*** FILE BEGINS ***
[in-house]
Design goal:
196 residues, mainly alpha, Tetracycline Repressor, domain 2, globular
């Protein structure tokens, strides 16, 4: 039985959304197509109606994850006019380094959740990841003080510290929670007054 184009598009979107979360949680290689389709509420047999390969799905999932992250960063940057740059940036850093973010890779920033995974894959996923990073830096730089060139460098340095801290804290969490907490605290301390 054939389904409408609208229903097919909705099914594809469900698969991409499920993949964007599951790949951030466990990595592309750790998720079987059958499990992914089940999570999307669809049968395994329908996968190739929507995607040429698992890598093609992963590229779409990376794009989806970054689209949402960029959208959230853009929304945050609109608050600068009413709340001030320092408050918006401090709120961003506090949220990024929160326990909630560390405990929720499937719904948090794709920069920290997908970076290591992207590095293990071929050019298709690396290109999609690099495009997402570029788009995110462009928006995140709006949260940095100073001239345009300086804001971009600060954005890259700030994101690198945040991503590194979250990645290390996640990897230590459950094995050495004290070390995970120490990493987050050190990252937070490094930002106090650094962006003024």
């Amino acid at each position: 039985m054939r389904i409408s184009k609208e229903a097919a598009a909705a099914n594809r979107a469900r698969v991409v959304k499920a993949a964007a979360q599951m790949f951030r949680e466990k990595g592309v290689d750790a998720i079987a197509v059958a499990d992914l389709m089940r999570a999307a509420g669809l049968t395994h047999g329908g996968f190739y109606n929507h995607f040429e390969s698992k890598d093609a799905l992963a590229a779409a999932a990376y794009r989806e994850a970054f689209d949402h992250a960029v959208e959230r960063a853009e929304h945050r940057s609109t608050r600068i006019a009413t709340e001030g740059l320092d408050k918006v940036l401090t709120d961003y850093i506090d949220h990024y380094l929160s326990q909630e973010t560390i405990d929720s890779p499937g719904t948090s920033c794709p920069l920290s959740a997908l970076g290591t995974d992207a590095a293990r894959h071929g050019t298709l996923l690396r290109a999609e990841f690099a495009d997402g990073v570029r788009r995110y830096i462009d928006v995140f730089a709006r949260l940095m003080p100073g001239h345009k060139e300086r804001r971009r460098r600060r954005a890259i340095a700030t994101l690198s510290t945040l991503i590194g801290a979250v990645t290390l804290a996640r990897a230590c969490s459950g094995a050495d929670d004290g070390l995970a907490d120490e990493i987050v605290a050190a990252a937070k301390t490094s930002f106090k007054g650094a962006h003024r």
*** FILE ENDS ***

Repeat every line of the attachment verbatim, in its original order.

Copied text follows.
[in-house]
Design goal:
196 residues, mainly alpha, Tetracycline Repressor, domain 2, globular
């Protein structure tokens, strides 16, 4: 039985959304197509109606994850006019380094959740990841003080510290929670007054 184009598009979107979360949680290689389709509420047999390969799905999932992250960063940057740059940036850093973010890779920033995974894959996923990073830096730089060139460098340095801290804290969490907490605290301390 054939389904409408609208229903097919909705099914594809469900698969991409499920993949964007599951790949951030466990990595592309750790998720079987059958499990992914089940999570999307669809049968395994329908996968190739929507995607040429698992890598093609992963590229779409990376794009989806970054689209949402960029959208959230853009929304945050609109608050600068009413709340001030320092408050918006401090709120961003506090949220990024929160326990909630560390405990929720499937719904948090794709920069920290997908970076290591992207590095293990071929050019298709690396290109999609690099495009997402570029788009995110462009928006995140709006949260940095100073001239345009300086804001971009600060954005890259700030994101690198945040991503590194979250990645290390996640990897230590459950094995050495004290070390995970120490990493987050050190990252937070490094930002106090650094962006003024």
């Amino acid at each position: 039985m054939r389904i409408s184009k609208e229903a097919a598009a909705a099914n594809r979107a469900r698969v991409v959304k499920a993949a964007a979360q599951m790949f951030r949680e466990k990595g592309v290689d750790a998720i079987a197509v059958a499990d992914l389709m089940r999570a999307a509420g669809l049968t395994h047999g329908g996968f190739y109606n929507h995607f040429e390969s698992k890598d093609a799905l992963a590229a779409a999932a990376y794009r989806e994850a970054f689209d949402h992250a960029v959208e959230r960063a853009e929304h945050r940057s609109t608050r600068i006019a009413t709340e001030g740059l320092d408050k918006v940036l401090t709120d961003y850093i506090d949220h990024y380094l929160s326990q909630e973010t560390i405990d929720s890779p499937g719904t948090s920033c794709p920069l920290s959740a997908l970076g290591t995974d992207a590095a293990r894959h071929g050019t298709l996923l690396r290109a999609e990841f690099a495009d997402g990073v570029r788009r995110y830096i462009d928006v995140f730089a709006r949260l940095m003080p100073g001239h345009k060139e300086r804001r971009r460098r600060r954005a890259i340095a700030t994101l690198s510290t945040l991503i590194g801290a979250v990645t290390l804290a996640r990897a230590c969490s459950g094995a050495d929670d004290g070390l995970a907490d120490e990493i987050v605290a050190a990252a937070k301390t490094s930002f106090k007054g650094a962006h003024r």